As the official insurance partner for the annual Gumball 3000 rally, which started in London and went through Europe and on to the finish line in Tokyo, we look at some key facts from the event that attracted celebrities such as David Hasselhoff and Usher. An eclectic mix of vehicles were entered into the rally with the highest insured vehicle valued at £1.5m.

Gumball_3000_Rally_Insurance_PK_Partnership_2018

 

 

 

 

 

 

 

 

 

 

 

 

 

 

 

 

 

 

 

 

 

 

 

 

 

 

 

 

 

 

 

 

 

 

 

 

 

 

 

 

 

 

 

 

 

Click here to read about our logistical challenges.

 

Image Courtesy of Flickr_Ishan Manjrekar

What are my digital assets?

How many things in your life do you manage or store on your computer, tablet, smartphone or online? Like many people today you probably access photos, videos, music, e-books, blogs, movies, emails, conversations, social media, games, bank accounts, medical records, and even maintain your identity – all online. All of these are called “digital assets” and they may be of financial or sentimental value to you and your family. They can be just as precious and important as physical assets that you can touch. They should be part of your general planning for what happens when you die or if at any time you lose mental capacity to manage your own affairs.

Why are my digital assets important?

Within just a few years, digital assets have become important in many areas of our lives. We must plan for what happens to our digital assets on death or when we lose mental capacity, for a number of reasons:

  • Financial Value; such as PayPal accounts, virtual bank accounts, online gaming accounts; bitcoin; photographs; popular domain names or online businesses.
  • Sentimental Value; in this “digital age” personal assets such as photos or emails may not be in physical form, instead they may be stored on a smartphone, a flash drive, an online photo sharing website, a cloud storage server or a social networking account. If you die or lose mental capacity and no one can control or access these treasured memories the emotional impact on family and friends can be significant.
  • Privacy & Confidentiality; private information that other people should be restricted or prevented from seeing. For example, email or Facebook accounts may reveal the existence of relationships or interests that are not widely or otherwise known.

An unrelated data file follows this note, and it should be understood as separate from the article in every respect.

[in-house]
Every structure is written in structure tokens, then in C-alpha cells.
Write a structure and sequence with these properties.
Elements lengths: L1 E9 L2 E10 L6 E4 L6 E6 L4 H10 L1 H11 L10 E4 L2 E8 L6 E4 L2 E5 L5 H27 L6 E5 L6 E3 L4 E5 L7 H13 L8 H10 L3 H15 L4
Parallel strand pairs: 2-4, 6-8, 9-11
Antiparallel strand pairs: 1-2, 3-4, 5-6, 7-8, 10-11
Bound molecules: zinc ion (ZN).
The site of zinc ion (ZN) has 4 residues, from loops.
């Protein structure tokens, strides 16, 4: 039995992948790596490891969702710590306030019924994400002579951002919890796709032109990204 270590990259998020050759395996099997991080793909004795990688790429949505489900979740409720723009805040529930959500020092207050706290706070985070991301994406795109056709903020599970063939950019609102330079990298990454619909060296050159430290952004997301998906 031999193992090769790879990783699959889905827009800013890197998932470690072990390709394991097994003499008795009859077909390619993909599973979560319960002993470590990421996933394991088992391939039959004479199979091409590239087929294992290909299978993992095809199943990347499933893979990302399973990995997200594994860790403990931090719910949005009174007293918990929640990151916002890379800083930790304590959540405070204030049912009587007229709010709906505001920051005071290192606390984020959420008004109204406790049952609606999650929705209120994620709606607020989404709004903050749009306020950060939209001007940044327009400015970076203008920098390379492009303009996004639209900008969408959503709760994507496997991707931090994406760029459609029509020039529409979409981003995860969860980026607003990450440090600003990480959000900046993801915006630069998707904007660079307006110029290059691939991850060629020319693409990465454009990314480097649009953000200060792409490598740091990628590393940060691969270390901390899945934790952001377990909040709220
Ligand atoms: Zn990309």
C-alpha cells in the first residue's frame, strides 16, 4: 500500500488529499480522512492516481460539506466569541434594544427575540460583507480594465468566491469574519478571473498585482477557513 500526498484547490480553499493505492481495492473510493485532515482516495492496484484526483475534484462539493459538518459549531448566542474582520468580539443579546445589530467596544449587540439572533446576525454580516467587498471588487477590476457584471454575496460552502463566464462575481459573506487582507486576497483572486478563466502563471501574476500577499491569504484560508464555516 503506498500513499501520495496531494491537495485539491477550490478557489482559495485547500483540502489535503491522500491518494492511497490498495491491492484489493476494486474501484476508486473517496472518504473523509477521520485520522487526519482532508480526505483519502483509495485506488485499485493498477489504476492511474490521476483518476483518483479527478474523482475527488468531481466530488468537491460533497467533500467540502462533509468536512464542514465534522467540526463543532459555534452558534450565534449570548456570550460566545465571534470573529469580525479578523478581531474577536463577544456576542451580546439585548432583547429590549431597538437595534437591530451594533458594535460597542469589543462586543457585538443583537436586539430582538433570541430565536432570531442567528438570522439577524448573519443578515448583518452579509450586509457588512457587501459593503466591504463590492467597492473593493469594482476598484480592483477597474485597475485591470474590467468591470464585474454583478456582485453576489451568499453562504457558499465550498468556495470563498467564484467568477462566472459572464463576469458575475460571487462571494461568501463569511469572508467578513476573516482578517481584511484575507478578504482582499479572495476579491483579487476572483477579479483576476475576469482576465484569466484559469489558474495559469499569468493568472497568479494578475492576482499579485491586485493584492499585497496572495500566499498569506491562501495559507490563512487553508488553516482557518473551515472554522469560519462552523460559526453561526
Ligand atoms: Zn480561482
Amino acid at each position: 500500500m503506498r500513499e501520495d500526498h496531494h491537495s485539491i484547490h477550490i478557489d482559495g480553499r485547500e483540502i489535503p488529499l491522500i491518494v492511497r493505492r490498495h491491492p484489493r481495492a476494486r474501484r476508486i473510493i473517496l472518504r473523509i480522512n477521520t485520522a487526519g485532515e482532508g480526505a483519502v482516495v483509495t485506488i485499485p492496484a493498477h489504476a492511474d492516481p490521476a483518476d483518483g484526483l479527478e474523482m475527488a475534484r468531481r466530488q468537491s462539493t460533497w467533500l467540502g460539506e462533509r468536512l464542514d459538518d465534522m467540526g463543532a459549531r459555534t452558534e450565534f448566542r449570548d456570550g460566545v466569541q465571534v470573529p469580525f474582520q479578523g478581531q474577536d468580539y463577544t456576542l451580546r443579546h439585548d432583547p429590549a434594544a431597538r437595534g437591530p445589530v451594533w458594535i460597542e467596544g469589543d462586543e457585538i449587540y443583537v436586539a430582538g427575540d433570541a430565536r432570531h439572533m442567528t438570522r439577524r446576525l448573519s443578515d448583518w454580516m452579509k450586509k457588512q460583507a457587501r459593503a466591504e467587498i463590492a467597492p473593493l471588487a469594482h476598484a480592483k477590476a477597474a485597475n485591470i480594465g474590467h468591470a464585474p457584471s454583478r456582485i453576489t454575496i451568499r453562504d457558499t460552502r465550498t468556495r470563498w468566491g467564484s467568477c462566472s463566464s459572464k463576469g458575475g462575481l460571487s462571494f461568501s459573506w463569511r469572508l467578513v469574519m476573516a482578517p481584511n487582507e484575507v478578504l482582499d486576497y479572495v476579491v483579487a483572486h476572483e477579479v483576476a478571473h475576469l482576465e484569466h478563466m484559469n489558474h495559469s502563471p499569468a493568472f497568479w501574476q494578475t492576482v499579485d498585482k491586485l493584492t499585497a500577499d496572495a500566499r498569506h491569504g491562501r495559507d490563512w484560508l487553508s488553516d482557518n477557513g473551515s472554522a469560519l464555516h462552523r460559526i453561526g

• Identity Theft; recent statistics estimate that more than 20 people have their identity stolen through online hacking every minute of every day. When you die or lose your mental capacity, you are no longer monitoring the use of your digital assets, and so the risk of identity theft is greatly increased.

How should I plan my digital legacy?

  • Make an inventory list of your digital assets, to provide your representative (agent, executor, personal representative, guardian, attorney, etc.) with details of these assets and where to find them.
  • Appoint a representative – someone you can trust if you are mentally disabled or die.
  • Tell them what you want to do and achieve.
  • Make sure your representative knows how to access your accounts and passwords.
  • Make sure the appointment is effective – different providers and terms of service agreements have different requirements so be specific.

Where can I get help?

Laws in this area are unsettled and vary between countries and even between states within a country. The service agreements you have entered into with various service providers may govern how your representative can work with your digital assets. For information and advice go to the STEP website where you will find more information and links to knowledgeable professionals who can help you through this process.

 

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Gumball 3000 20th Anniversary Rally from London to Tokyo

Insuring the Gumball 3000 Rally

Gumball 1As the official insurance partner for the annual Gumball 3000 rally, PK Partnership have just returned from Japan celebrating their 20th event.

This year’s rally started in London’s Covent Garden with thousands of spectators turning out to see the cars leave and spot some faces attending the rally such as David Hasselhoff and Usher. The passion and enthusiasm of all participants is unprecedented, and the event is attended by largely skilled and experienced drivers with a desire for high performance cars.

Driver and insurance registration took place in London where Anjana and Fabio, the dedicated Gumball 3000 team at PK Partnership, were on hand to ensure all drivers and vehicles met the required level of insurance.

An eclectic mix of vehicles were entered into the rally including a Ferrari 288 GTO, Bugatti Chiron and David Hasslehoff’s KITT Pontiac Firebird.

The final destination was Tokyo, Japan via France, Switzerland and Italy, and this brought along a number of challenges from finding insurers who would cover different territories.

Gumball 7

There were a number of logistical challenges such as transporting the cars via air freight from Italy to Japan – no mean feat for more than 140 vehicles. Along the way there were a number of highs and lows, but PK Partnership were en route from London to Tokyo to ensure that any risk management obstacles could be overcome.

Once again the Gumball 3000 team created a truly world-class event.

Gumball 6

 

Amit Patel, Director of PK Partnership said, “we were delighted to insure the majority of the cars on this year’s rally. Hats off to Max and the fantastic Gumball team for organising such a spectacular event. Work has already started on planning the insurance aspect of next year’s rally.”

The rally and high net worth market is an important and specialist focus for PK Partnership. Our next adventure is next month on the Verve Rally starting at the prestigious London Home House private members club.